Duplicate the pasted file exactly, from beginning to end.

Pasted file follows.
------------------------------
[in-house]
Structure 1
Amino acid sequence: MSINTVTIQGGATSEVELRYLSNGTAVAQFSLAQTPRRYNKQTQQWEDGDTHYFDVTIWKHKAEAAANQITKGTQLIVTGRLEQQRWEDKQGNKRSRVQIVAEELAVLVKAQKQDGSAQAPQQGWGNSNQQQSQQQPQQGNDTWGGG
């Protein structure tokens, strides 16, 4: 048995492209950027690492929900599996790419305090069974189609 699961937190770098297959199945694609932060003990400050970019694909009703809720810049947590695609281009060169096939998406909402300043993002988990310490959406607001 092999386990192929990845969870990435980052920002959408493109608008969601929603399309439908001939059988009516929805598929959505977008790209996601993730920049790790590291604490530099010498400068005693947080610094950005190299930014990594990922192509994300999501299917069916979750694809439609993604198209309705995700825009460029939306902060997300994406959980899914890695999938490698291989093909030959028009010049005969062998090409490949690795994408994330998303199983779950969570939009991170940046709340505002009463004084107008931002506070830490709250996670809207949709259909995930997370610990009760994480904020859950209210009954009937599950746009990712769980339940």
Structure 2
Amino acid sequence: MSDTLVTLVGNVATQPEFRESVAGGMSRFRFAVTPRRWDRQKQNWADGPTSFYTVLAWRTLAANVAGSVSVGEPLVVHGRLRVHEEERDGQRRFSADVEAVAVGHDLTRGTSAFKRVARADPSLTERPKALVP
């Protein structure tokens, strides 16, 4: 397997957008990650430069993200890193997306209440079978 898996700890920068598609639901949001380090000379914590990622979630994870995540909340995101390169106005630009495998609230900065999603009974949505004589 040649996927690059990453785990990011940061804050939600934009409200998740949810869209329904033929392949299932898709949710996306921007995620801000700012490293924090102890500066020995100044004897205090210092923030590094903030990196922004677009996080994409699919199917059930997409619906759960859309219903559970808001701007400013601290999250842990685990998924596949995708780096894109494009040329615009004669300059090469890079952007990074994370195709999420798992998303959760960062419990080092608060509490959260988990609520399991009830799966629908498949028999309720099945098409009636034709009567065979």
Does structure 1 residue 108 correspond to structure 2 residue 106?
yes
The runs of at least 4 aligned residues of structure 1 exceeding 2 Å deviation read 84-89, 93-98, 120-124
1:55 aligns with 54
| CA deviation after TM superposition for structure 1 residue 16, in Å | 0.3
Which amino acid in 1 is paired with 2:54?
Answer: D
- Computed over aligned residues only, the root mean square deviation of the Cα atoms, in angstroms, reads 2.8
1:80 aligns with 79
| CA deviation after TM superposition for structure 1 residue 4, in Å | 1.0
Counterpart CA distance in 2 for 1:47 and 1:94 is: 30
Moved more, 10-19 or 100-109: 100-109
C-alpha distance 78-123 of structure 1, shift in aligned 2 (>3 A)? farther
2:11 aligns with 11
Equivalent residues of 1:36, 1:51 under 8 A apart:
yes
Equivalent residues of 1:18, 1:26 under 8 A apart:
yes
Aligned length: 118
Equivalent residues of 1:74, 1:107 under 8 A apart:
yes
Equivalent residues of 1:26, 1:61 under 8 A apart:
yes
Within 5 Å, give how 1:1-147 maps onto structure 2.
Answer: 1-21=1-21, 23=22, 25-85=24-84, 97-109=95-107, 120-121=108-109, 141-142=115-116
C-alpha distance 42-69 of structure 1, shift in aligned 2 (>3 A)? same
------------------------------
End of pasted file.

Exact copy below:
[in-house]
Structure 1
Amino acid sequence: MSINTVTIQGGATSEVELRYLSNGTAVAQFSLAQTPRRYNKQTQQWEDGDTHYFDVTIWKHKAEAAANQITKGTQLIVTGRLEQQRWEDKQGNKRSRVQIVAEELAVLVKAQKQDGSAQAPQQGWGNSNQQQSQQQPQQGNDTWGGG
């Protein structure tokens, strides 16, 4: 048995492209950027690492929900599996790419305090069974189609 699961937190770098297959199945694609932060003990400050970019694909009703809720810049947590695609281009060169096939998406909402300043993002988990310490959406607001 092999386990192929990845969870990435980052920002959408493109608008969601929603399309439908001939059988009516929805598929959505977008790209996601993730920049790790590291604490530099010498400068005693947080610094950005190299930014990594990922192509994300999501299917069916979750694809439609993604198209309705995700825009460029939306902060997300994406959980899914890695999938490698291989093909030959028009010049005969062998090409490949690795994408994330998303199983779950969570939009991170940046709340505002009463004084107008931002506070830490709250996670809207949709259909995930997370610990009760994480904020859950209210009954009937599950746009990712769980339940």
Structure 2
Amino acid sequence: MSDTLVTLVGNVATQPEFRESVAGGMSRFRFAVTPRRWDRQKQNWADGPTSFYTVLAWRTLAANVAGSVSVGEPLVVHGRLRVHEEERDGQRRFSADVEAVAVGHDLTRGTSAFKRVARADPSLTERPKALVP
């Protein structure tokens, strides 16, 4: 397997957008990650430069993200890193997306209440079978 898996700890920068598609639901949001380090000379914590990622979630994870995540909340995101390169106005630009495998609230900065999603009974949505004589 040649996927690059990453785990990011940061804050939600934009409200998740949810869209329904033929392949299932898709949710996306921007995620801000700012490293924090102890500066020995100044004897205090210092923030590094903030990196922004677009996080994409699919199917059930997409619906759960859309219903559970808001701007400013601290999250842990685990998924596949995708780096894109494009040329615009004669300059090469890079952007990074994370195709999420798992998303959760960062419990080092608060509490959260988990609520399991009830799966629908498949028999309720099945098409009636034709009567065979």
Does structure 1 residue 108 correspond to structure 2 residue 106?
yes
The runs of at least 4 aligned residues of structure 1 exceeding 2 Å deviation read 84-89, 93-98, 120-124
1:55 aligns with 54
| CA deviation after TM superposition for structure 1 residue 16, in Å | 0.3
Which amino acid in 1 is paired with 2:54?
Answer: D
- Computed over aligned residues only, the root mean square deviation of the Cα atoms, in angstroms, reads 2.8
1:80 aligns with 79
| CA deviation after TM superposition for structure 1 residue 4, in Å | 1.0
Counterpart CA distance in 2 for 1:47 and 1:94 is: 30
Moved more, 10-19 or 100-109: 100-109
C-alpha distance 78-123 of structure 1, shift in aligned 2 (>3 A)? farther
2:11 aligns with 11
Equivalent residues of 1:36, 1:51 under 8 A apart:
yes
Equivalent residues of 1:18, 1:26 under 8 A apart:
yes
Aligned length: 118
Equivalent residues of 1:74, 1:107 under 8 A apart:
yes
Equivalent residues of 1:26, 1:61 under 8 A apart:
yes
Within 5 Å, give how 1:1-147 maps onto structure 2.
Answer: 1-21=1-21, 23=22, 25-85=24-84, 97-109=95-107, 120-121=108-109, 141-142=115-116
C-alpha distance 42-69 of structure 1, shift in aligned 2 (>3 A)? same